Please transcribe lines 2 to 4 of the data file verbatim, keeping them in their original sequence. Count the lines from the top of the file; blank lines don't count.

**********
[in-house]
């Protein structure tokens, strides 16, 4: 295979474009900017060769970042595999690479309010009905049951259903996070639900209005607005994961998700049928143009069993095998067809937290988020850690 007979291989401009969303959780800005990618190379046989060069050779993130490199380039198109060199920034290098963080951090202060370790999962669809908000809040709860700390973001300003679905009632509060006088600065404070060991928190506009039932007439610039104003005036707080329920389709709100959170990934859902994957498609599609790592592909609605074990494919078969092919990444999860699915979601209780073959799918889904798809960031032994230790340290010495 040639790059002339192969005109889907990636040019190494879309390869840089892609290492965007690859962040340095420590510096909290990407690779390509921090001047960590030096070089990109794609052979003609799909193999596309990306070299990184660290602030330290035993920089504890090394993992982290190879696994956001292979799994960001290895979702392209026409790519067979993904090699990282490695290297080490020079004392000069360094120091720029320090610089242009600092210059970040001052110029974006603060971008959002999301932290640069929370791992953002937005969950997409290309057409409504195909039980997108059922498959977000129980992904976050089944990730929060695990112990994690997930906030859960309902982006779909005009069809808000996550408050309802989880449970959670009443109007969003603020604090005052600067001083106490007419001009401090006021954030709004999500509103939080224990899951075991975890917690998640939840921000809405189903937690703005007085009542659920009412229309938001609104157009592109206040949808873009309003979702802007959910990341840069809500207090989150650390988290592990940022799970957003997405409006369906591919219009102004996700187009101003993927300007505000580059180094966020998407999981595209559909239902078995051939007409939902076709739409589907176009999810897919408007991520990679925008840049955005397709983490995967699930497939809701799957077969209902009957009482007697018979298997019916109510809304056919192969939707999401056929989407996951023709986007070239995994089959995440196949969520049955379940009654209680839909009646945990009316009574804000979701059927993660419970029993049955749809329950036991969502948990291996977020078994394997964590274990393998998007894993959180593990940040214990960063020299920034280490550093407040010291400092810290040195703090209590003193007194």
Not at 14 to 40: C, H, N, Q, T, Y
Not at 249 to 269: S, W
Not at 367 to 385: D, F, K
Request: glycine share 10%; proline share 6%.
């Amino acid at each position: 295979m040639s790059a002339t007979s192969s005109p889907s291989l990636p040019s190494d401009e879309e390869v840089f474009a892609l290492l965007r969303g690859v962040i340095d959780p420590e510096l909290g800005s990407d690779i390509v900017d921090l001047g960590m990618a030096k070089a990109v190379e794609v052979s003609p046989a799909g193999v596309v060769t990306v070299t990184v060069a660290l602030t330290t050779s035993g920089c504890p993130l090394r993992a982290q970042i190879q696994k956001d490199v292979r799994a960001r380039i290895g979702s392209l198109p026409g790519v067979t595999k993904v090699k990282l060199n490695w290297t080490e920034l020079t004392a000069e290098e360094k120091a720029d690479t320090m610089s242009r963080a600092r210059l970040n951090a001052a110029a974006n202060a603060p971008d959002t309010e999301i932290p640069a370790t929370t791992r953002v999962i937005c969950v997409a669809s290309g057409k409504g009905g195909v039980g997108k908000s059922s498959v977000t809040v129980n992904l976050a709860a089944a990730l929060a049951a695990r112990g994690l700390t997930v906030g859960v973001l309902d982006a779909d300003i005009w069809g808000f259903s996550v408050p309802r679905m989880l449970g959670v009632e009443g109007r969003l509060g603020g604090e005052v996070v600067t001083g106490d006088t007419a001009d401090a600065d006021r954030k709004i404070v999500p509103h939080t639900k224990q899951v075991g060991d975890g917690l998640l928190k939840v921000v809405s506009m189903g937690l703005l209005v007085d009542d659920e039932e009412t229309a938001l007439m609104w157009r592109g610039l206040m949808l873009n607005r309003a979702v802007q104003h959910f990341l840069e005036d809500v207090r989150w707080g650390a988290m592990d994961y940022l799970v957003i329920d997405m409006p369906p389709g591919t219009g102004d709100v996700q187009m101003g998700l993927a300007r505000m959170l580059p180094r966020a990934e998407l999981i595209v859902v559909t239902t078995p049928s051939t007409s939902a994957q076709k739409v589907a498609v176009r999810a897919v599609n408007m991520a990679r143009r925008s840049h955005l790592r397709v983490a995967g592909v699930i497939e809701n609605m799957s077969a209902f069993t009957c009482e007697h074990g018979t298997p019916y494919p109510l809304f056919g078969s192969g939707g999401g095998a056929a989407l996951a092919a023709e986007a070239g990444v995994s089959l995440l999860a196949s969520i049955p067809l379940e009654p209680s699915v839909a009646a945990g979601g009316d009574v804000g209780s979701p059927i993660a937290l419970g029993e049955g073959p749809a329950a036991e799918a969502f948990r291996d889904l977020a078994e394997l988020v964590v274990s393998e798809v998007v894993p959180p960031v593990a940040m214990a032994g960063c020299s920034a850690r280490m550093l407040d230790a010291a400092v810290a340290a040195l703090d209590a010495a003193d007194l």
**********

């Protein structure tokens, strides 16, 4: 295979474009900017060769970042595999690479309010009905049951259903996070639900209005607005994961998700049928143009069993095998067809937290988020850690 007979291989401009969303959780800005990618190379046989060069050779993130490199380039198109060199920034290098963080951090202060370790999962669809908000809040709860700390973001300003679905009632509060006088600065404070060991928190506009039932007439610039104003005036707080329920389709709100959170990934859902994957498609599609790592592909609605074990494919078969092919990444999860699915979601209780073959799918889904798809960031032994230790340290010495 040639790059002339192969005109889907990636040019190494879309390869840089892609290492965007690859962040340095420590510096909290990407690779390509921090001047960590030096070089990109794609052979003609799909193999596309990306070299990184660290602030330290035993920089504890090394993992982290190879696994956001292979799994960001290895979702392209026409790519067979993904090699990282490695290297080490020079004392000069360094120091720029320090610089242009600092210059970040001052110029974006603060971008959002999301932290640069929370791992953002937005969950997409290309057409409504195909039980997108059922498959977000129980992904976050089944990730929060695990112990994690997930906030859960309902982006779909005009069809808000996550408050309802989880449970959670009443109007969003603020604090005052600067001083106490007419001009401090006021954030709004999500509103939080224990899951075991975890917690998640939840921000809405189903937690703005007085009542659920009412229309938001609104157009592109206040949808873009309003979702802007959910990341840069809500207090989150650390988290592990940022799970957003997405409006369906591919219009102004996700187009101003993927300007505000580059180094966020998407999981595209559909239902078995051939007409939902076709739409589907176009999810897919408007991520990679925008840049955005397709983490995967699930497939809701799957077969209902009957009482007697018979298997019916109510809304056919192969939707999401056929989407996951023709986007070239995994089959995440196949969520049955379940009654209680839909009646945990009316009574804000979701059927993660419970029993049955749809329950036991969502948990291996977020078994394997964590274990393998998007894993959180593990940040214990960063020299920034280490550093407040010291400092810290040195703090209590003193007194």
Not at 14 to 40: C, H, N, Q, T, Y
Not at 249 to 269: S, W